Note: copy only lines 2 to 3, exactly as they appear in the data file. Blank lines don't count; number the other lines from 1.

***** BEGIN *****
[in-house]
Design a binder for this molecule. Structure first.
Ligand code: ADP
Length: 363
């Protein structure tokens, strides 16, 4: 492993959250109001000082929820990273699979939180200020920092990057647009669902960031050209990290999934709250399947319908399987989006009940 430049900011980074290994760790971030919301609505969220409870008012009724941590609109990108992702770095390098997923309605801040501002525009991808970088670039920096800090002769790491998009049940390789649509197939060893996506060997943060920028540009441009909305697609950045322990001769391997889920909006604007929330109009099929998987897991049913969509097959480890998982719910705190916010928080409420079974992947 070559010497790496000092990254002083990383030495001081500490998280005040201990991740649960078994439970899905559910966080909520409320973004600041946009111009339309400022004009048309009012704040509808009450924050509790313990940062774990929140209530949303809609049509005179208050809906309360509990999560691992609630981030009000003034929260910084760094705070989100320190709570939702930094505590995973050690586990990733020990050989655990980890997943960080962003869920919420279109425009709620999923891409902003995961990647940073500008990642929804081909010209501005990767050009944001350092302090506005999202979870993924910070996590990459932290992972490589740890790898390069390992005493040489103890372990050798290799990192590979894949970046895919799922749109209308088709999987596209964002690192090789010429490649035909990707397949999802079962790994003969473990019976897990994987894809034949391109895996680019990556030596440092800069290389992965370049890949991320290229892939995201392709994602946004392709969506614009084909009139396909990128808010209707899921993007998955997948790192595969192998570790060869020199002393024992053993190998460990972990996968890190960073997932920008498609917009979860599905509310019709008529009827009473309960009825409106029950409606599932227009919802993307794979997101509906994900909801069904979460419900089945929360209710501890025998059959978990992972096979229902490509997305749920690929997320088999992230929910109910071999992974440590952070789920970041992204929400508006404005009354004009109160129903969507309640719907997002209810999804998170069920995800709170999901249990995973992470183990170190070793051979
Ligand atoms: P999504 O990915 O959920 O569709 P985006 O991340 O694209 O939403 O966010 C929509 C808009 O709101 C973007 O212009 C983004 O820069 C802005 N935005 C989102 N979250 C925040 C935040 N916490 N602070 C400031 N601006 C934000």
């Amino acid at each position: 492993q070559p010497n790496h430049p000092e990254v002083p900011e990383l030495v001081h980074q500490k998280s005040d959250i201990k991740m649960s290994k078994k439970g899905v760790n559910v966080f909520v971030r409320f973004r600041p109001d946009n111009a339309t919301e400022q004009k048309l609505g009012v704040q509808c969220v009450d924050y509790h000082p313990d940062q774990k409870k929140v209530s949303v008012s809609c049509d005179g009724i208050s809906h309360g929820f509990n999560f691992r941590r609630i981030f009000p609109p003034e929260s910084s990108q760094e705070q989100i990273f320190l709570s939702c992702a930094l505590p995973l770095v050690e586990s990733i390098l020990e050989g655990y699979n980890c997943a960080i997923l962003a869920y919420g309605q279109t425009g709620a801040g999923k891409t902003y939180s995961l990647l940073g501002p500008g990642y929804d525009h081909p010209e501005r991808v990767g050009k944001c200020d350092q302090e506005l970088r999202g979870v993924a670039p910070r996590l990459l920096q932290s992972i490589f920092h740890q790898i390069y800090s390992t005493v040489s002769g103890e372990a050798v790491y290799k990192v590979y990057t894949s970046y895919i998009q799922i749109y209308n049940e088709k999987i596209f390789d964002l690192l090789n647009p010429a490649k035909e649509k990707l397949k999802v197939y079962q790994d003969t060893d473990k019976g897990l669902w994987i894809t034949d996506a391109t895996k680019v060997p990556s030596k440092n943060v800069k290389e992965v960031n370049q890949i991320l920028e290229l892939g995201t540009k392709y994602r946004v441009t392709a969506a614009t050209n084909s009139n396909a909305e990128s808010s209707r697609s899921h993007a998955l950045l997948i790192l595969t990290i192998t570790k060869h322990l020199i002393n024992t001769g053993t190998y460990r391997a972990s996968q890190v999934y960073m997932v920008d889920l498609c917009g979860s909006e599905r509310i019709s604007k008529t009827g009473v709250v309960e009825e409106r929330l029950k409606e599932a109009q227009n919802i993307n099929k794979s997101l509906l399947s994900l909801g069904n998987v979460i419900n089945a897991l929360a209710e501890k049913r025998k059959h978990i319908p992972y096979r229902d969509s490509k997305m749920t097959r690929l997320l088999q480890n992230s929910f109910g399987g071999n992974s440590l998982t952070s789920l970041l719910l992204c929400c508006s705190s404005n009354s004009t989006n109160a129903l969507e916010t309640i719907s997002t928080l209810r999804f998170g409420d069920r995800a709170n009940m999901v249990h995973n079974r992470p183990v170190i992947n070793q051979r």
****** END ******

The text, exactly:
Design a binder for this molecule. Structure first.
Ligand code: ADP